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Black Lung Is Back: Easily Cheated Regulations and Little Oversight Lead to Severe Cases in Young Miners

Researchers are struggling to explain why black lung is striking younger and younger miners and robbing them of their breath faster and faster.

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From 1968 through 2007, black lung caused or contributed to roughly 75,000 deaths in the United States, according to government data.  In the decades following passage of the 1969 law, rates of the disease dropped significantly. Then, in the late 1990s, this trend reversed.

Many of the newer cases have taken a particularly ugly form. While rates of black lung overall have increased, incidence of the most severe, fast-progressing type has jumped significantly. These cases, moreover, are occurring in younger and younger miners. Of particular concern are “hot spots” identified in central Appalachia by the National Institute for Occupational Safety and Health, NIOSH, a government research agency. Though levels of disease are still below what they were before 1970, medical experts and miners’ advocates are alarmed.

“I think any reasonable epidemiologist would have to consider this an epidemic,” said Scott Laney, a NIOSH epidemiologist. “All cases of [black lung] are preventable in this day and age, but these cases of [the most severe form] are just astounding … This is a rare disease that should not be occurring.”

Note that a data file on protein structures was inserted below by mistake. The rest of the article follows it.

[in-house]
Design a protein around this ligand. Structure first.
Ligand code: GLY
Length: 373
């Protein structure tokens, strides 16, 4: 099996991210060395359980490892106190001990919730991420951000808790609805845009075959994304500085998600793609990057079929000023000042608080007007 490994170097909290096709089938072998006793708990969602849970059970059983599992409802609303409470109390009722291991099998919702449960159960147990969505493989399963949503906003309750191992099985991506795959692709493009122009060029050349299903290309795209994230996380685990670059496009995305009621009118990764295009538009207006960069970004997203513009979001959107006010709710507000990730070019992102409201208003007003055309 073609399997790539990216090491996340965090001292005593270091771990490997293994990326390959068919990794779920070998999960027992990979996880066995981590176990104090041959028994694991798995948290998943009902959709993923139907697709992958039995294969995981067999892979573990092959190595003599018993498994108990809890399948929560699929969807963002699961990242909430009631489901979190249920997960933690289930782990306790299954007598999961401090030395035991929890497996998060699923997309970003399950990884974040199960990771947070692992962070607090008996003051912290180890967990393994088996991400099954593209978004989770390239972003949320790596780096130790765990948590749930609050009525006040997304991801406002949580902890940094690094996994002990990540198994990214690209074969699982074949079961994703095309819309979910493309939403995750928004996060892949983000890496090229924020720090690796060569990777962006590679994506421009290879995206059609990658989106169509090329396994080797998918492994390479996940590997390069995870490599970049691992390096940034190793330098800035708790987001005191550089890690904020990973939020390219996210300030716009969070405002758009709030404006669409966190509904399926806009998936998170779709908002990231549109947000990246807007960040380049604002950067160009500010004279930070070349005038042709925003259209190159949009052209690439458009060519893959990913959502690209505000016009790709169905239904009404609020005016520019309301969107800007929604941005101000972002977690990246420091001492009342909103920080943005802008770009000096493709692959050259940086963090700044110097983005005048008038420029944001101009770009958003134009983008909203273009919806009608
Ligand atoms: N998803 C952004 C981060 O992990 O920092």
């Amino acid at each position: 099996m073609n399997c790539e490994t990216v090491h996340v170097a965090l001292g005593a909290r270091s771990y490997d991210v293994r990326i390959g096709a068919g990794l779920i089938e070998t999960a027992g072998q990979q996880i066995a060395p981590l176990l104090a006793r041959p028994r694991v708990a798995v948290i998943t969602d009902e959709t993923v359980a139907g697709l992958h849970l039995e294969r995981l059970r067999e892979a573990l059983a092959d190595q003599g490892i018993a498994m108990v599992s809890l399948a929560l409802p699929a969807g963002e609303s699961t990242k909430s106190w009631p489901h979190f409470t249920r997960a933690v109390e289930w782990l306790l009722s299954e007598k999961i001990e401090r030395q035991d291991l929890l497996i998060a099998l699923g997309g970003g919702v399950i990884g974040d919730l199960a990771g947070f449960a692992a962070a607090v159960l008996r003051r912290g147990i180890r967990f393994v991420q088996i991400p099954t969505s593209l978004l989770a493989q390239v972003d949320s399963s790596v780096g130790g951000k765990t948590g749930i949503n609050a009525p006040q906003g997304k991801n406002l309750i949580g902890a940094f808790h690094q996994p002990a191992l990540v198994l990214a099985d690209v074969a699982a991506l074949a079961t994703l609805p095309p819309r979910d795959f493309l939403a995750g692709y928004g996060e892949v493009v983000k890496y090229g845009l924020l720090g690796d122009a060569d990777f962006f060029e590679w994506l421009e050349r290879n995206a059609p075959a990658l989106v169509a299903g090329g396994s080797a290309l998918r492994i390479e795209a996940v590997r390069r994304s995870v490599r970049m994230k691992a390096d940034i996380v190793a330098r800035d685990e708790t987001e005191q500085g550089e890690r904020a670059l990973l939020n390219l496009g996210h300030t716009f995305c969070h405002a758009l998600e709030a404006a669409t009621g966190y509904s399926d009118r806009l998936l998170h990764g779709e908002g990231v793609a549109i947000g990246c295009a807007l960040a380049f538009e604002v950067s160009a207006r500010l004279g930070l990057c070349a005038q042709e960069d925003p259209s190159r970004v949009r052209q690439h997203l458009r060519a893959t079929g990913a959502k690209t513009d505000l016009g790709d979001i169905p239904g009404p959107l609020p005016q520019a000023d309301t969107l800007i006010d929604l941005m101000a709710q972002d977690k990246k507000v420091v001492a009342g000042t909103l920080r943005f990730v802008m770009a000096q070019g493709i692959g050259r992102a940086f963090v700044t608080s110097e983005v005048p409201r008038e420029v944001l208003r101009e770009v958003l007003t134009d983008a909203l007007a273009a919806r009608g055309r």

The National Mining Association, the main trade group representing mining companies, disputes some of NIOSH’s data but agrees that black lung’s resurgence is a problem in need of attention. To the association, however, it is primarily a regional phenomenon of central Appalachia — one that doesn’t justify new national rules. What’s needed, the group says, is further study and better enforcement of current standards.

Researchers are struggling to explain what, after years of progress, has caused the backsliding and why black lung, traditionally viewed as an old man’s disease, is striking younger and younger miners and robbing them of their breath faster and faster. They are trying to figure out why men like the Marcums are the new face of black lung.

‘A diabolical torture’

“They call me Lucky,” retired miner James Foster says as he takes off his shirt and presses his chest against an X-ray machine in the back of an RV in Wharton, W.Va. “Worked 37 years in all kinds of mines. Been covered up twice. Been electrocuted.”

His brushes with death aside, he’s here because he fears there may be one hazard he can’t dodge. “I come in here to file for my black lung,” he says. During a recent heart surgery, he says, doctors said they saw what appeared to be signs of the disease.

He’s one of a handful of miners on an April afternoon to move through the RV parked at the fire department in Wharton, in the heart of coal country. Inside, a team of NIOSH workers shepherds them from station to station: medical history, questionnaire, breathing test, chest X-ray. Foster hopes the tests will provide evidence he can use to submit a claim for benefits. Other miners are still working and want to make sure their lungs are clear.

It is from this rolling medical unit, in part, that NIOSH has documented the return of black lung. For decades, miners have been entitled to free X-rays every five years, and this has helped track the drop in the disease’s prevalence. After the data started showing a reversal, NIOSH sent its RV out to gather more data in 2005.

What these researchers found, combined with data from routine medical monitoring, was worrisome: From the 1970s through the 1990s, the proportion of miners with signs of black lung among those who submitted X-rays dropped from 6.5 percent to 2.1 percent. During the most recent decade, however, it jumped to 3.2 percent.

Even more disturbing: Prevalence of the most severe form of the disease tripled between the 1980s and the 2000s and has almost reached the levels of the 1970s.

 
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